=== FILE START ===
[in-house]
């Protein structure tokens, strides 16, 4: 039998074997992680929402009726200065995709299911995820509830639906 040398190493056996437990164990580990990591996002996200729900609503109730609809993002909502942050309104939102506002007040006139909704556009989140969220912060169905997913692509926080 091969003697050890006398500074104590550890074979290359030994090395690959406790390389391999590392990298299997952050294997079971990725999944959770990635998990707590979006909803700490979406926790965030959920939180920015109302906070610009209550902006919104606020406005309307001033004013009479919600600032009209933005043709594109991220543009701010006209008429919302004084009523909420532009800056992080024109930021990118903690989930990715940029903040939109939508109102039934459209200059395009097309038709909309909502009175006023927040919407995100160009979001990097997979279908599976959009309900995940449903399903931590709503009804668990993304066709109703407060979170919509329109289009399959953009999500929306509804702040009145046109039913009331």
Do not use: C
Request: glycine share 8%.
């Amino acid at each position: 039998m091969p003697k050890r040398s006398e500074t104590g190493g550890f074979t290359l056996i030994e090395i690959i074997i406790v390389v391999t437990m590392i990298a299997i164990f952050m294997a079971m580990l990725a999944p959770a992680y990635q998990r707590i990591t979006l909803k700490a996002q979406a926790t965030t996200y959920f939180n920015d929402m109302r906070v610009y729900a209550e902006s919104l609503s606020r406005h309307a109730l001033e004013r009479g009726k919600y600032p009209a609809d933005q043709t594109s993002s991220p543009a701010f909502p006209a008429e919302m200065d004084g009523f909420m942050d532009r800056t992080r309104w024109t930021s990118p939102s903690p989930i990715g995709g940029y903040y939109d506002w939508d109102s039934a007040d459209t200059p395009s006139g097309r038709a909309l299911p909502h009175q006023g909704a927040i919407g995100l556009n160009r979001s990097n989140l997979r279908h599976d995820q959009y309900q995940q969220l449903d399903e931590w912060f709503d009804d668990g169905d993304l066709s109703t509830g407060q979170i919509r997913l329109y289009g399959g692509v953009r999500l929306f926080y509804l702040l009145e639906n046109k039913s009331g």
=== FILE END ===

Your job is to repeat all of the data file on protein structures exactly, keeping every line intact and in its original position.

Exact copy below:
[in-house]
């Protein structure tokens, strides 16, 4: 039998074997992680929402009726200065995709299911995820509830639906 040398190493056996437990164990580990990591996002996200729900609503109730609809993002909502942050309104939102506002007040006139909704556009989140969220912060169905997913692509926080 091969003697050890006398500074104590550890074979290359030994090395690959406790390389391999590392990298299997952050294997079971990725999944959770990635998990707590979006909803700490979406926790965030959920939180920015109302906070610009209550902006919104606020406005309307001033004013009479919600600032009209933005043709594109991220543009701010006209008429919302004084009523909420532009800056992080024109930021990118903690989930990715940029903040939109939508109102039934459209200059395009097309038709909309909502009175006023927040919407995100160009979001990097997979279908599976959009309900995940449903399903931590709503009804668990993304066709109703407060979170919509329109289009399959953009999500929306509804702040009145046109039913009331």
Do not use: C
Request: glycine share 8%.
């Amino acid at each position: 039998m091969p003697k050890r040398s006398e500074t104590g190493g550890f074979t290359l056996i030994e090395i690959i074997i406790v390389v391999t437990m590392i990298a299997i164990f952050m294997a079971m580990l990725a999944p959770a992680y990635q998990r707590i990591t979006l909803k700490a996002q979406a926790t965030t996200y959920f939180n920015d929402m109302r906070v610009y729900a209550e902006s919104l609503s606020r406005h309307a109730l001033e004013r009479g009726k919600y600032p009209a609809d933005q043709t594109s993002s991220p543009a701010f909502p006209a008429e919302m200065d004084g009523f909420m942050d532009r800056t992080r309104w024109t930021s990118p939102s903690p989930i990715g995709g940029y903040y939109d506002w939508d109102s039934a007040d459209t200059p395009s006139g097309r038709a909309l299911p909502h009175q006023g909704a927040i919407g995100l556009n160009r979001s990097n989140l997979r279908h599976d995820q959009y309900q995940q969220l449903d399903e931590w912060f709503d009804d668990g169905d993304l066709s109703t509830g407060q979170i919509r997913l329109y289009g399959g692509v953009r999500l929306f926080y509804l702040l009145e639906n046109k039913s009331g």